Once you launch the application you’re presented with the screen depicted to the right, which is OK if a bit plain. However, before accessing your queue, you are required to enter in that 40+ character API token, a screenshot of that dialog is after the break. Obviously it is a frustrating process, I entered it once, and had to check my work three times before I had the proper token.
If this were done properly, what would happen is you would e-mail yourself a token and the URL in the e-mail could launch the application on the phone and insert the token.
Instead, it must be entered manually. Fortunately, after the iPhone 3.0 Operating System is out you will be able to copy and paste. Though, Goozex could probably enable another method of API access before then, or the developers of this application could see the URL handler light and fix their application.
Either way, once you have the token in there it is nice to be able to see your queue and your position in it. Both the developers of the app, and Goozex proper are aware of the problem. Goozex had this to say on their twitter feed:
Regarding the Goozex Token Code for the iGoozex app. We know it hurts. It was designed years ago w/out foresight of an iPhone application.
I’m hoping that eventually the API will be a little bit more featureful so you can perform more of the actions that you can on the full site. The presentation leaves a lot of room for improvement as well. It seems like it would make a lot more sense to have an app with the standard black bar at the bottom interface and load your requests by default, then have two other “tabs” at the bottom for offers and a gear icon for settings.
Most people who want to turn their video games into other video games take them to Gamestop, despite the huge discrepancy between how much gamestop games sell for, and the trade-in value. Old timers will recall Funcoland and their even worse trade-in values.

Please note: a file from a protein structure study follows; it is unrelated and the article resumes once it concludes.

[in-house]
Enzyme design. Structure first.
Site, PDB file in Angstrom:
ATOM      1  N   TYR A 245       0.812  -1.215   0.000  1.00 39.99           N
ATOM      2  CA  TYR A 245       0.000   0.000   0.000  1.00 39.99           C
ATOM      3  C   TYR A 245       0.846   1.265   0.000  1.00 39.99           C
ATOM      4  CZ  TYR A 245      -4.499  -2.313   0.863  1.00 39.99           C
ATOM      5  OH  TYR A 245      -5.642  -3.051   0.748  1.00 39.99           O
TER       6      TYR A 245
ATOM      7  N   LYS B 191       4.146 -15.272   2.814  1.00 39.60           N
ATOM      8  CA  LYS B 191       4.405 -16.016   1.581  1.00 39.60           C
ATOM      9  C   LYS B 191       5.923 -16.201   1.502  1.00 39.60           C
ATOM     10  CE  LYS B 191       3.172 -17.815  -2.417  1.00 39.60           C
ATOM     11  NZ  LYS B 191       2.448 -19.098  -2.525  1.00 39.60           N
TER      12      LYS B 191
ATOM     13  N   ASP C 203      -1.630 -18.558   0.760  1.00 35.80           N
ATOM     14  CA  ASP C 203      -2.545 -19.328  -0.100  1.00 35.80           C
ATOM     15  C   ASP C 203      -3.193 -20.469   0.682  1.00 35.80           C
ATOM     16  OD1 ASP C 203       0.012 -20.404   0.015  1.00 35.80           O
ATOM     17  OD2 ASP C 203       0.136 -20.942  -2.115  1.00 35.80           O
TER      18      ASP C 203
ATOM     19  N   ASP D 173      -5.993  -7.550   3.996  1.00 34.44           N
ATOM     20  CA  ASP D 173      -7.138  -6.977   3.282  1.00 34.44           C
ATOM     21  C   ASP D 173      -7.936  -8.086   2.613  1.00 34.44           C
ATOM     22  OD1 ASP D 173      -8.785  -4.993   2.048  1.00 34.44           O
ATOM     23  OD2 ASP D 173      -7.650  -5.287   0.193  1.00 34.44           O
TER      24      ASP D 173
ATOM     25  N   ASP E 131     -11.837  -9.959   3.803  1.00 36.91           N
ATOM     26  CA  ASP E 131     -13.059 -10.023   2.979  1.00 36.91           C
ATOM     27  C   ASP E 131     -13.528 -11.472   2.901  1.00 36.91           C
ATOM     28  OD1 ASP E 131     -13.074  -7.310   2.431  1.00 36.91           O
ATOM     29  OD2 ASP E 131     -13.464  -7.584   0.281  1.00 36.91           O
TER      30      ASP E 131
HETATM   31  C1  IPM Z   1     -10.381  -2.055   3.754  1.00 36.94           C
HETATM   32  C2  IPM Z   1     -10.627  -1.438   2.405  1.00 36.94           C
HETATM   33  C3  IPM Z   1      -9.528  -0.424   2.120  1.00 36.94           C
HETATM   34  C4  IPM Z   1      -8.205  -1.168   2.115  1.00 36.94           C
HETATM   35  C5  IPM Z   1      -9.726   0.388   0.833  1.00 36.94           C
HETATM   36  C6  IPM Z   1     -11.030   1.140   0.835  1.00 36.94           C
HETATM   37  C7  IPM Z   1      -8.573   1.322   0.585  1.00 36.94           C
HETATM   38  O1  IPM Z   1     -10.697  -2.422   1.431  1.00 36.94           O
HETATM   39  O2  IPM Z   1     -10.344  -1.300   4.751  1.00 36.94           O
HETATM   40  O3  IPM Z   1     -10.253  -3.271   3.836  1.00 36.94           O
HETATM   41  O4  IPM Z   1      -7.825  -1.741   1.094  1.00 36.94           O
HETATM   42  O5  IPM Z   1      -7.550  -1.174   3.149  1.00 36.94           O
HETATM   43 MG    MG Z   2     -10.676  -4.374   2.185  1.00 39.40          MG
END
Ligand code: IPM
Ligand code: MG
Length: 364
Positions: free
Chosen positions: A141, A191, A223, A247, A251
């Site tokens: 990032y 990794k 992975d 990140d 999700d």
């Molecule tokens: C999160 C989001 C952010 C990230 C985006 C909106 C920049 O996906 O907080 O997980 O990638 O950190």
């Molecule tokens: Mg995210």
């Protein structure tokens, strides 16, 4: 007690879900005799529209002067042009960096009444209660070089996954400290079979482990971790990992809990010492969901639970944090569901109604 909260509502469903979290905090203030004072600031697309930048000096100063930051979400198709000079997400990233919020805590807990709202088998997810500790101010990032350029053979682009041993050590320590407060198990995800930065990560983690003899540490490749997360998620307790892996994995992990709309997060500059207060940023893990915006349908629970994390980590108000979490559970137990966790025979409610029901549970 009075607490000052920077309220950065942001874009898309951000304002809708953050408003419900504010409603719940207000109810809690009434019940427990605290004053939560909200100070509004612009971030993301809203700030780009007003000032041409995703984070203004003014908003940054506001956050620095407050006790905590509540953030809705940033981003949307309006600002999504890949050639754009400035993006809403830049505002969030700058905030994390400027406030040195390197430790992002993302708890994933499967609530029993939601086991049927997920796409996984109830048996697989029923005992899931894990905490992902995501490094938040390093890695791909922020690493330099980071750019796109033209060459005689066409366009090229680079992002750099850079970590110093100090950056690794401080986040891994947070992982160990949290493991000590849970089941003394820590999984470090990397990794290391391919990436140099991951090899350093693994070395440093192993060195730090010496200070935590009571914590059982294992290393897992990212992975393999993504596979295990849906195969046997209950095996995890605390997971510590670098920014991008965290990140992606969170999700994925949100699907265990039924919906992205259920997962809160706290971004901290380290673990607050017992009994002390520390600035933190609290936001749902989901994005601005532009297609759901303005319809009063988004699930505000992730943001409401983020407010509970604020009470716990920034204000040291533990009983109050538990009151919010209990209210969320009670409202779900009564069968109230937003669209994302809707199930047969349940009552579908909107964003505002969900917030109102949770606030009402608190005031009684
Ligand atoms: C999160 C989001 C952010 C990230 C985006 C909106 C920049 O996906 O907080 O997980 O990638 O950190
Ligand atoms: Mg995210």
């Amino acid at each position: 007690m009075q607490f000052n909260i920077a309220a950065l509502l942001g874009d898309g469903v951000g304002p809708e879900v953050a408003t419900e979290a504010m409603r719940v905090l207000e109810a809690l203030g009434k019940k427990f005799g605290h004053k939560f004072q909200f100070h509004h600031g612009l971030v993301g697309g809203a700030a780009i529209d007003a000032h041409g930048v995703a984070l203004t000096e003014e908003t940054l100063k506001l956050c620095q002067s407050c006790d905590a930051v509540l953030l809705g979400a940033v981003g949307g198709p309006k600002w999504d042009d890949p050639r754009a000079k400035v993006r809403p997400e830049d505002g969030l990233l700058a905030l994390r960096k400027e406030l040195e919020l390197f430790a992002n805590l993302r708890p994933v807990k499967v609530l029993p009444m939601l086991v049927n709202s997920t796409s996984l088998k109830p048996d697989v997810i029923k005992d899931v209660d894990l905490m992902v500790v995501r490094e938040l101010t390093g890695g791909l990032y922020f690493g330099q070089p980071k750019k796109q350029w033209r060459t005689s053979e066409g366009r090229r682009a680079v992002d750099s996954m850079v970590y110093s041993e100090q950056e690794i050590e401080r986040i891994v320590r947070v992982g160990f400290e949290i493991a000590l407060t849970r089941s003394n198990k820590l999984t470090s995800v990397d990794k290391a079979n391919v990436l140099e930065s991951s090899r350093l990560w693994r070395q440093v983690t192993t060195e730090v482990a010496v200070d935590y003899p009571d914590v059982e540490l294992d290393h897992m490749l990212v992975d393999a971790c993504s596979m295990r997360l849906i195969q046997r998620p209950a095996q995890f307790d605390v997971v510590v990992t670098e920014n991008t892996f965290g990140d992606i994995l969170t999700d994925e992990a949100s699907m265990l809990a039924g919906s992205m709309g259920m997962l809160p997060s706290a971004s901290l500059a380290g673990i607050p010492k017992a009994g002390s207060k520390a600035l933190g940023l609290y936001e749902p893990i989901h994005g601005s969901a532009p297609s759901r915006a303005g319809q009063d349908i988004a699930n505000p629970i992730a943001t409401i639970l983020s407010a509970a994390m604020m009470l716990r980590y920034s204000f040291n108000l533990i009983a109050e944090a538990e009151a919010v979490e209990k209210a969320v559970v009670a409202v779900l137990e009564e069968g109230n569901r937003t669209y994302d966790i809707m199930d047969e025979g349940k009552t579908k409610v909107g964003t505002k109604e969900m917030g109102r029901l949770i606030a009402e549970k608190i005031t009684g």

At least Funcoland had a book you could flip through to spare yourself the embarrassment of asking how much money they could give for your copy of Anticipation.
There is another choice, though it does involve trading with humans.
Goozex offers a trading system where you ship out games to others in exchange for points, which you can purchase if you don’t want to send out any of your games. Games are offered on a sliding scale from 100 to 1000. Most new games are between nine-hundred and one-thousand points. Their system automatically adjusts the price (in points) of each title based on the supply and demand. They end up fairly balanced, so your trade that is still in demand is worth a fair bit.
Lets take Call of Duty 4: GOTY Edition (PS3) as an example, today it is worth 850 Goozex points. 100 Goozex points are worth $5 in real money. So, CoD4: GOTY is worth about $42.50. If I wanted to trade in that game, I’d toss the game into my offers queue and wait until the system finds a match. There are apparently 90 some people in line waiting for that game to be available, so that shouldn’t take long.